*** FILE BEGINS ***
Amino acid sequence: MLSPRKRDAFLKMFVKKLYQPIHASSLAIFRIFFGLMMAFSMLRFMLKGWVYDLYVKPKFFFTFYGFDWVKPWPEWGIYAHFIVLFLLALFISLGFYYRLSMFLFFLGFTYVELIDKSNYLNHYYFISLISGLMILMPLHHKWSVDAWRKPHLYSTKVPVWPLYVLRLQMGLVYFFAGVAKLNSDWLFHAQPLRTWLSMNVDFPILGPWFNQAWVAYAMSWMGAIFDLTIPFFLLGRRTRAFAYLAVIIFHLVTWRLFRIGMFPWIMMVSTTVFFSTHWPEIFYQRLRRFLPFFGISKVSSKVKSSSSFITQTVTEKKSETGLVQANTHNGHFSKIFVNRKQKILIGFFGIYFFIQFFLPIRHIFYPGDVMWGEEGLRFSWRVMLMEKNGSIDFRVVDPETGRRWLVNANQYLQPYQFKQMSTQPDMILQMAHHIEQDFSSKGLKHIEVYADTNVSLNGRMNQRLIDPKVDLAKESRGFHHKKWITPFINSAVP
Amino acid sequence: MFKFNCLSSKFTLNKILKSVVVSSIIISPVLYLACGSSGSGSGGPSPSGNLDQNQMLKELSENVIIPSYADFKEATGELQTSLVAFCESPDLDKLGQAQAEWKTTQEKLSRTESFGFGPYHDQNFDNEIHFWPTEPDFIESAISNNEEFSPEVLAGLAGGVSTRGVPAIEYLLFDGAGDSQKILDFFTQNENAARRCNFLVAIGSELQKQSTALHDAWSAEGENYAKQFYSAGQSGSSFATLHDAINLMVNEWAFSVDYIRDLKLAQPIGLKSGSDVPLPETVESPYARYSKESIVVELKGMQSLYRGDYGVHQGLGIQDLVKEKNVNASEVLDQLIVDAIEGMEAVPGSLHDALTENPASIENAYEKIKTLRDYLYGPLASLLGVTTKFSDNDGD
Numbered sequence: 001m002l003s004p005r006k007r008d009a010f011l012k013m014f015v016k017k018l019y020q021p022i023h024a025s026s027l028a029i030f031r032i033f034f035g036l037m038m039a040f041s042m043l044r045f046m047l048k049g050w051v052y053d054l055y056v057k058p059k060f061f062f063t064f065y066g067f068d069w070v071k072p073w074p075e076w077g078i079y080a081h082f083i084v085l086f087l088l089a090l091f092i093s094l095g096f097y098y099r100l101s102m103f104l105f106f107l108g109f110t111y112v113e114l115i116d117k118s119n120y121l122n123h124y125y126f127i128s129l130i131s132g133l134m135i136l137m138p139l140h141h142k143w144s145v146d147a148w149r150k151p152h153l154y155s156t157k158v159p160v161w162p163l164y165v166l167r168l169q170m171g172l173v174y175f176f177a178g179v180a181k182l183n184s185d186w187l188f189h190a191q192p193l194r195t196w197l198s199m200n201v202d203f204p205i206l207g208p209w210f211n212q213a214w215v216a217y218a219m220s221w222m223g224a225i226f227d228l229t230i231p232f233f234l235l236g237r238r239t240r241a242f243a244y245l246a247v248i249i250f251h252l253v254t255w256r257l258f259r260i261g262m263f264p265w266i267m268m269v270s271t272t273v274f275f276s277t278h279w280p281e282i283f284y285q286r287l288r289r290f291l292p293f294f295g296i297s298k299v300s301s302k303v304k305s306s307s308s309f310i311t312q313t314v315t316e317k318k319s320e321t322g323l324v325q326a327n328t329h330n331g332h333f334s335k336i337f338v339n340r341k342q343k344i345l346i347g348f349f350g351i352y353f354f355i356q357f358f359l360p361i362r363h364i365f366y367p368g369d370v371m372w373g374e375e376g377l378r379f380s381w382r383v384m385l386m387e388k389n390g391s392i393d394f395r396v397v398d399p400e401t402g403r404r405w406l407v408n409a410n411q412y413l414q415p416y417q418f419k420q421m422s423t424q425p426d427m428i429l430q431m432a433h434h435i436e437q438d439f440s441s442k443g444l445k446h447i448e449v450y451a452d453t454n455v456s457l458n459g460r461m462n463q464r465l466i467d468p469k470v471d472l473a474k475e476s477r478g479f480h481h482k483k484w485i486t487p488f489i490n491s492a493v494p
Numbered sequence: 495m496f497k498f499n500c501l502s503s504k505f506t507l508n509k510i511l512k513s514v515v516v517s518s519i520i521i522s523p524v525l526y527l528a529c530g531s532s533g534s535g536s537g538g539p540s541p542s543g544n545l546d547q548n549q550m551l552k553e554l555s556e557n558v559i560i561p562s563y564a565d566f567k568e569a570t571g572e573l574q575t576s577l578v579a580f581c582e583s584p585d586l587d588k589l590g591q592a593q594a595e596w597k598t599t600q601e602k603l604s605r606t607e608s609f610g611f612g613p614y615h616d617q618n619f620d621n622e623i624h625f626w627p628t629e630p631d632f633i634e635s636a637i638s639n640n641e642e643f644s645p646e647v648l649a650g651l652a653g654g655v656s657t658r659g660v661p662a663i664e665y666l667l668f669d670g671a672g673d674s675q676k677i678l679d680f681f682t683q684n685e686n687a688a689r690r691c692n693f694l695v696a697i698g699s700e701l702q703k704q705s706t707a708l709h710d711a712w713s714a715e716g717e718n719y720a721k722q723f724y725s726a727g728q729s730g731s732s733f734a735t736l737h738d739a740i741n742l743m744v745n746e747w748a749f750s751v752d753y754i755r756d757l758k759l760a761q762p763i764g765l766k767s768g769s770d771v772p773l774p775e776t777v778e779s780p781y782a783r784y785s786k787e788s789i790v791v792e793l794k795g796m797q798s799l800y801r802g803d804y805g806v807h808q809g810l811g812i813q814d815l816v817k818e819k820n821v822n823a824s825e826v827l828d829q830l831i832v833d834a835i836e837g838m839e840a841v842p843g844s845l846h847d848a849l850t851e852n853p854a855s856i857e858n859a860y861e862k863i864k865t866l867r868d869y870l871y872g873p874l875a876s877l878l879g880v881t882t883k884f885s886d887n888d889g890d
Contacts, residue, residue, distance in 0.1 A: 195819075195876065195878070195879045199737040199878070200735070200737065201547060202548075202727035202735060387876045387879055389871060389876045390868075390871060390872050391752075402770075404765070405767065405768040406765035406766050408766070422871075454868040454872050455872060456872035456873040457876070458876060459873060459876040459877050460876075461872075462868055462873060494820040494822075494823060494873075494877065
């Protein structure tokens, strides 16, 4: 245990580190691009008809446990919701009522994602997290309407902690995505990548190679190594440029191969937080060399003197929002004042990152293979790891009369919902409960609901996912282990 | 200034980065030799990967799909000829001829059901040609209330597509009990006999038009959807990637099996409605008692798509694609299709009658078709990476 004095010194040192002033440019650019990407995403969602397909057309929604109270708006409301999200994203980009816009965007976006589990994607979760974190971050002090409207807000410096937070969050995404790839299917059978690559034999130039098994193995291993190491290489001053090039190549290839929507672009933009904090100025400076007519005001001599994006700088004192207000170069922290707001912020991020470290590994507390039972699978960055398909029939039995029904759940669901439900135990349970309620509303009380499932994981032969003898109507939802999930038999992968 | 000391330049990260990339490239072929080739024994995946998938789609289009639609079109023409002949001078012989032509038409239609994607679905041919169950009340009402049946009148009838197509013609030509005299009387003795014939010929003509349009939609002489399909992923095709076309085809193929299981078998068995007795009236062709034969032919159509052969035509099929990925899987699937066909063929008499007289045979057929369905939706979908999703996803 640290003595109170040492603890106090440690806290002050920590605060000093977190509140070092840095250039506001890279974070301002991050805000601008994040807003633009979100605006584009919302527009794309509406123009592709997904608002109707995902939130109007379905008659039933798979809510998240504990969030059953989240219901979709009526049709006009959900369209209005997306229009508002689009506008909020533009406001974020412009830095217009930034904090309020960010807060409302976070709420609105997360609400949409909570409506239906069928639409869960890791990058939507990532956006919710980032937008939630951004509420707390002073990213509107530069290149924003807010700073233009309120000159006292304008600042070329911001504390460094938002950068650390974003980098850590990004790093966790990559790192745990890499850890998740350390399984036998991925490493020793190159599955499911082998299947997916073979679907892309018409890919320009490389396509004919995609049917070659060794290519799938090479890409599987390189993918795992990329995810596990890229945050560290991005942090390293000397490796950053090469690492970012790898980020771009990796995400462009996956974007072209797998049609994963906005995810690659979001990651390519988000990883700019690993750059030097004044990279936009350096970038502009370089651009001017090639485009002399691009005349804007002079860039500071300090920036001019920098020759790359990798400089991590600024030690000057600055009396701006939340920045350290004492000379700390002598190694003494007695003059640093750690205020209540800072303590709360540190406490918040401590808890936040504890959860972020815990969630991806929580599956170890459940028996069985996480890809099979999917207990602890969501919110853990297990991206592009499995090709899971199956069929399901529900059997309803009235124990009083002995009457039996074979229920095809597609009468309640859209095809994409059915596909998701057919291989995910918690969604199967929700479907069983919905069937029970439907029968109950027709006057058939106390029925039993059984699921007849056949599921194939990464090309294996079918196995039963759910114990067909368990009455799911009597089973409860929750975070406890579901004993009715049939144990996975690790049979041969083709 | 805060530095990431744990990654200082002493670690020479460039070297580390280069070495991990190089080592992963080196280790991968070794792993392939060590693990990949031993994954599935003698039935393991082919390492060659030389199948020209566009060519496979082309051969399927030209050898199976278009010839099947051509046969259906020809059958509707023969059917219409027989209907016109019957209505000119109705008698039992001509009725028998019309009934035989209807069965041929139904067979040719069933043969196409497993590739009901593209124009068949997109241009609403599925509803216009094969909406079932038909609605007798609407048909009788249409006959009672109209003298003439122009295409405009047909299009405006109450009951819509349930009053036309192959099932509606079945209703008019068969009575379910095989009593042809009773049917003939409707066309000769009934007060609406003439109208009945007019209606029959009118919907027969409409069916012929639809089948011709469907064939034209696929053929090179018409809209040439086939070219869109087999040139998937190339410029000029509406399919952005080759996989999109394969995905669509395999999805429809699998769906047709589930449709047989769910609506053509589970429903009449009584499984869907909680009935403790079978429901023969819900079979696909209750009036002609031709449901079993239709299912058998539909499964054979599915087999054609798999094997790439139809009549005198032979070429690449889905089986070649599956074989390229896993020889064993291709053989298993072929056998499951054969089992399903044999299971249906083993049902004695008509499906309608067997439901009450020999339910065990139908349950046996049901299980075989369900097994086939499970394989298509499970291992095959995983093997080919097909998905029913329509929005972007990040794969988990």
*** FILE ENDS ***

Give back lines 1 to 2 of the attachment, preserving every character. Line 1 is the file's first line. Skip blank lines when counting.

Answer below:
Amino acid sequence: MLSPRKRDAFLKMFVKKLYQPIHASSLAIFRIFFGLMMAFSMLRFMLKGWVYDLYVKPKFFFTFYGFDWVKPWPEWGIYAHFIVLFLLALFISLGFYYRLSMFLFFLGFTYVELIDKSNYLNHYYFISLISGLMILMPLHHKWSVDAWRKPHLYSTKVPVWPLYVLRLQMGLVYFFAGVAKLNSDWLFHAQPLRTWLSMNVDFPILGPWFNQAWVAYAMSWMGAIFDLTIPFFLLGRRTRAFAYLAVIIFHLVTWRLFRIGMFPWIMMVSTTVFFSTHWPEIFYQRLRRFLPFFGISKVSSKVKSSSSFITQTVTEKKSETGLVQANTHNGHFSKIFVNRKQKILIGFFGIYFFIQFFLPIRHIFYPGDVMWGEEGLRFSWRVMLMEKNGSIDFRVVDPETGRRWLVNANQYLQPYQFKQMSTQPDMILQMAHHIEQDFSSKGLKHIEVYADTNVSLNGRMNQRLIDPKVDLAKESRGFHHKKWITPFINSAVP
Amino acid sequence: MFKFNCLSSKFTLNKILKSVVVSSIIISPVLYLACGSSGSGSGGPSPSGNLDQNQMLKELSENVIIPSYADFKEATGELQTSLVAFCESPDLDKLGQAQAEWKTTQEKLSRTESFGFGPYHDQNFDNEIHFWPTEPDFIESAISNNEEFSPEVLAGLAGGVSTRGVPAIEYLLFDGAGDSQKILDFFTQNENAARRCNFLVAIGSELQKQSTALHDAWSAEGENYAKQFYSAGQSGSSFATLHDAINLMVNEWAFSVDYIRDLKLAQPIGLKSGSDVPLPETVESPYARYSKESIVVELKGMQSLYRGDYGVHQGLGIQDLVKEKNVNASEVLDQLIVDAIEGMEAVPGSLHDALTENPASIENAYEKIKTLRDYLYGPLASLLGVTTKFSDNDGD